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Circ Res. 2009 Jun 19;104(12):1355-63. doi: 10.1161/CIRCRESAHA.108.192880. Epub 2009 May 21.

Lipoprotein accumulation in macrophages via toll-like receptor-4-dependent fluid phase uptake.

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  • 1Department of Medicine, University of California at San Diego, 9500 Gilman Dr, La Jolla, CA 92093, USA.

Abstract

Toll-like receptor (TLR)4 recognizes microbial pathogens, such as lipopolysaccharide, and mediates lipopolysaccharide-induced proinflammatory cytokine secretion, as well as microbial uptake by macrophages. In addition to exogenous pathogens, TLR4 recognizes modified self, such as minimally oxidized low-density lipoprotein (mmLDL). Here we report that mmLDL and its active components, cholesteryl ester hydroperoxides, induce TLR4-dependent fluid phase uptake typical of macropinocytosis. We show that mmLDL induced recruitment of spleen tyrosine kinase (Syk) to a TLR4 signaling complex, TLR4 phosphorylation, activation of a Vav1-Ras-Raf-MEK-ERK1/2 signaling cascade, phosphorylation of paxillin, and activation of Rac, Cdc42, and Rho. These mmLDL-induced and TLR4- and Syk-dependent signaling events and cytoskeletal rearrangements lead to enhanced uptake of small molecules, dextran, and, most importantly, both native and oxidized LDL, resulting in intracellular lipid accumulation. An intravenous injection of fluorescently labeled mmLDL in wild-type mice resulted in its rapid accumulation in circulating monocytes, which was significantly attenuated in TLR4-deficient mice. These data describe a novel mechanism leading to enhanced lipoprotein uptake in macrophages that would contribute to foam cell formation and atherosclerosis. These data also suggest that cholesteryl ester hydroperoxides are an endogenous ligand for TLR4. Because TLR4 is highly expressed on the surface of circulating monocytes in patients with chronic inflammatory conditions, and cholesteryl ester hydroperoxides are present in plasma, lipid uptake by monocytes in circulation may contribute to the pathological roles of monocytes in chronic inflammatory diseases.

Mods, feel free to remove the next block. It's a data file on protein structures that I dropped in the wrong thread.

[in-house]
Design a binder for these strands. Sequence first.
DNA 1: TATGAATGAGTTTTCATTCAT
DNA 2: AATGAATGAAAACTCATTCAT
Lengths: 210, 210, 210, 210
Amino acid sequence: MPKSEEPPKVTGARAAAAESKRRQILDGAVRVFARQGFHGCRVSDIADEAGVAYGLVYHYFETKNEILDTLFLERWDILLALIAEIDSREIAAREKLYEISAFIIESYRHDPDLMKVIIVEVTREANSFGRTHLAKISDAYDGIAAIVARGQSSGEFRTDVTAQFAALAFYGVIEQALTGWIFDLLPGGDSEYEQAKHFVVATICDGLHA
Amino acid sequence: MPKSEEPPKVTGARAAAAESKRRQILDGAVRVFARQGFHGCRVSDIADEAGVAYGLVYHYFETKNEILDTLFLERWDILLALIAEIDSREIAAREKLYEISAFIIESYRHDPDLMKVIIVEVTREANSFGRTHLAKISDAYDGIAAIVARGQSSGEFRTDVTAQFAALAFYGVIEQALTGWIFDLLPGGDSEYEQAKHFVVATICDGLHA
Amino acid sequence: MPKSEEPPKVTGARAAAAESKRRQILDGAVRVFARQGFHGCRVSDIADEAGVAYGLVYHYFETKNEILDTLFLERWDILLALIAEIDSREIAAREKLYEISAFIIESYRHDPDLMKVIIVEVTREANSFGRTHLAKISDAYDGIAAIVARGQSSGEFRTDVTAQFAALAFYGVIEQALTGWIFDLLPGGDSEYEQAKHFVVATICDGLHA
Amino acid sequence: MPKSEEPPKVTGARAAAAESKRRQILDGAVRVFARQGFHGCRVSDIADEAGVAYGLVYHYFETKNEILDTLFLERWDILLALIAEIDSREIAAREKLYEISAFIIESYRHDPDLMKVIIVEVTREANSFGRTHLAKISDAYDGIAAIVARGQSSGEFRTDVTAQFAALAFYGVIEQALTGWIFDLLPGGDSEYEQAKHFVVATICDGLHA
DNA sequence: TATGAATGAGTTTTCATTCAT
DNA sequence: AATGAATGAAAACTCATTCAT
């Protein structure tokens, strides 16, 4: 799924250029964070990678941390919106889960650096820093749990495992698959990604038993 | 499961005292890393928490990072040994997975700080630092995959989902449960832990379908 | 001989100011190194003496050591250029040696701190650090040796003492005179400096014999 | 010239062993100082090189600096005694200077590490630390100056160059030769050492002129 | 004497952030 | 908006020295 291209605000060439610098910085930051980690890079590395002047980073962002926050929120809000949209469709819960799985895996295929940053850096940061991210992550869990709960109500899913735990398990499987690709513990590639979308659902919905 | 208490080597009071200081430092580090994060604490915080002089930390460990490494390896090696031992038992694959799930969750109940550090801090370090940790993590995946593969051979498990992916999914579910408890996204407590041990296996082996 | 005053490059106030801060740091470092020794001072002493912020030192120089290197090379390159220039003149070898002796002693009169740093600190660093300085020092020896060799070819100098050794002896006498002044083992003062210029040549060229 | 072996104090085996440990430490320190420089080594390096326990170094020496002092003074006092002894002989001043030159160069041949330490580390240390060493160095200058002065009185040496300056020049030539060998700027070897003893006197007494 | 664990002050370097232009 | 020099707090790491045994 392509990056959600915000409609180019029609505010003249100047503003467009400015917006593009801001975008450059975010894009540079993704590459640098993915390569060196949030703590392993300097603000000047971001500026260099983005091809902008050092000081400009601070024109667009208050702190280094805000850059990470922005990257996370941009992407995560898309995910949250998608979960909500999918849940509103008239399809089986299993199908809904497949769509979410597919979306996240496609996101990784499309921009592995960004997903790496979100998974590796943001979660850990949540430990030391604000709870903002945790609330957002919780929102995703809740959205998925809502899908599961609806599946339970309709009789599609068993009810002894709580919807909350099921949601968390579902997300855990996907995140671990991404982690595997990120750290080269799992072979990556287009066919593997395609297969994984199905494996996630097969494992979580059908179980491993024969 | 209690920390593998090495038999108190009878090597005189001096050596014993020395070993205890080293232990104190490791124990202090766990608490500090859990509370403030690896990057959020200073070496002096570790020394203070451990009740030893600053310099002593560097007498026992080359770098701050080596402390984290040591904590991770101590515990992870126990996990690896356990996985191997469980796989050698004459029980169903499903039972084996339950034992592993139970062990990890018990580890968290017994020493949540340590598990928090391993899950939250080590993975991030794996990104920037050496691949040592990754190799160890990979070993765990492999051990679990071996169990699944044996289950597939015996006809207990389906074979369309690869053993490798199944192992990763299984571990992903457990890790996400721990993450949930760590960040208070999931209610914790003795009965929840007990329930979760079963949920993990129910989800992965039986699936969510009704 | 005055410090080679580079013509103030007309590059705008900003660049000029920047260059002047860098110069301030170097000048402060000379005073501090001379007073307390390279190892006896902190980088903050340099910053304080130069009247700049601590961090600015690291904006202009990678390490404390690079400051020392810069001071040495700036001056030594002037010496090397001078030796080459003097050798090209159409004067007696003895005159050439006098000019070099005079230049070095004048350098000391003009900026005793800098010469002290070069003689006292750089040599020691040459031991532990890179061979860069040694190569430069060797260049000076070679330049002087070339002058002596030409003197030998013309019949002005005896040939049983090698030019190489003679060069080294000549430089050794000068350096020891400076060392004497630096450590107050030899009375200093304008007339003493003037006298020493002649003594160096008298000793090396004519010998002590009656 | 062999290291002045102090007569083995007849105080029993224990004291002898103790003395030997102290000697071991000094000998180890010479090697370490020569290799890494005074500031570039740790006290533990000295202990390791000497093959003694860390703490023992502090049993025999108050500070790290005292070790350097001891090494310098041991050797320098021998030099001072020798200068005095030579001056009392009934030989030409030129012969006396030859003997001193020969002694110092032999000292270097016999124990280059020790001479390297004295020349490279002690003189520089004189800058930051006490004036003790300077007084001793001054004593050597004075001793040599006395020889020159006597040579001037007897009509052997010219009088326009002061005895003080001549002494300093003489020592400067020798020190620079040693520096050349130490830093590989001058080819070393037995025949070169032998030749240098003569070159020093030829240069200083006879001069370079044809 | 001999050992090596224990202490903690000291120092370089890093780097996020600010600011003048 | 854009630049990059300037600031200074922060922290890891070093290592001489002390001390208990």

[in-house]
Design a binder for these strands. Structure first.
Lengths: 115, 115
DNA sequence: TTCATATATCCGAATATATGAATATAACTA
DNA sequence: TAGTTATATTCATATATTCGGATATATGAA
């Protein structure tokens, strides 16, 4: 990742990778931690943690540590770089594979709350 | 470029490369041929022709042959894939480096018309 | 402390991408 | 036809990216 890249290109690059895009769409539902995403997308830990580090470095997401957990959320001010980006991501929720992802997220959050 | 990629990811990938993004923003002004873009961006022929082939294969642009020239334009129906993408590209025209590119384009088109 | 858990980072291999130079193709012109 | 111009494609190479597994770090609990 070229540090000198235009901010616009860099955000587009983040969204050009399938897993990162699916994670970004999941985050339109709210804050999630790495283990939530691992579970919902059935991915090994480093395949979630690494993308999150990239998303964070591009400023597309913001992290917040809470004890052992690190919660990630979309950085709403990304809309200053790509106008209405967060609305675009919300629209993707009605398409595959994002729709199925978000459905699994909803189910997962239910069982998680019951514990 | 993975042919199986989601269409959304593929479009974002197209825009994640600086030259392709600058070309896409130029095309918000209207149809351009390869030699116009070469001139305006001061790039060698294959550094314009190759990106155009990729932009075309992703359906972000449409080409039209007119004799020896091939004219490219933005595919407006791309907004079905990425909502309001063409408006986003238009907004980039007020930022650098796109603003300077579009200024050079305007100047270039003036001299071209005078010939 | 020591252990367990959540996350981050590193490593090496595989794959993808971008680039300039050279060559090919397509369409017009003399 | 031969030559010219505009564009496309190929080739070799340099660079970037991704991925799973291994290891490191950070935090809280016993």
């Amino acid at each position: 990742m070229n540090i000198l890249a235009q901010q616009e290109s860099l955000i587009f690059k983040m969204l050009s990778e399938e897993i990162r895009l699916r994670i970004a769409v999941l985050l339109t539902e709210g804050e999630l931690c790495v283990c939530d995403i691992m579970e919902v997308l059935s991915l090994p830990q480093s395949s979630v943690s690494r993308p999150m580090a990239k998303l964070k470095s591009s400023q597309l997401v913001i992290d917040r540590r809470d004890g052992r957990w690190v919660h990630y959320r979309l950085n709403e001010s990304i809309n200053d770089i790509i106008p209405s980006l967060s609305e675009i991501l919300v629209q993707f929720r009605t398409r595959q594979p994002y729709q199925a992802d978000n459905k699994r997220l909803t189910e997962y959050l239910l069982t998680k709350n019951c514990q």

PMID:
19461045
[PubMed - indexed for MEDLINE]
PMCID:
PMC2741301
Free PMC Article

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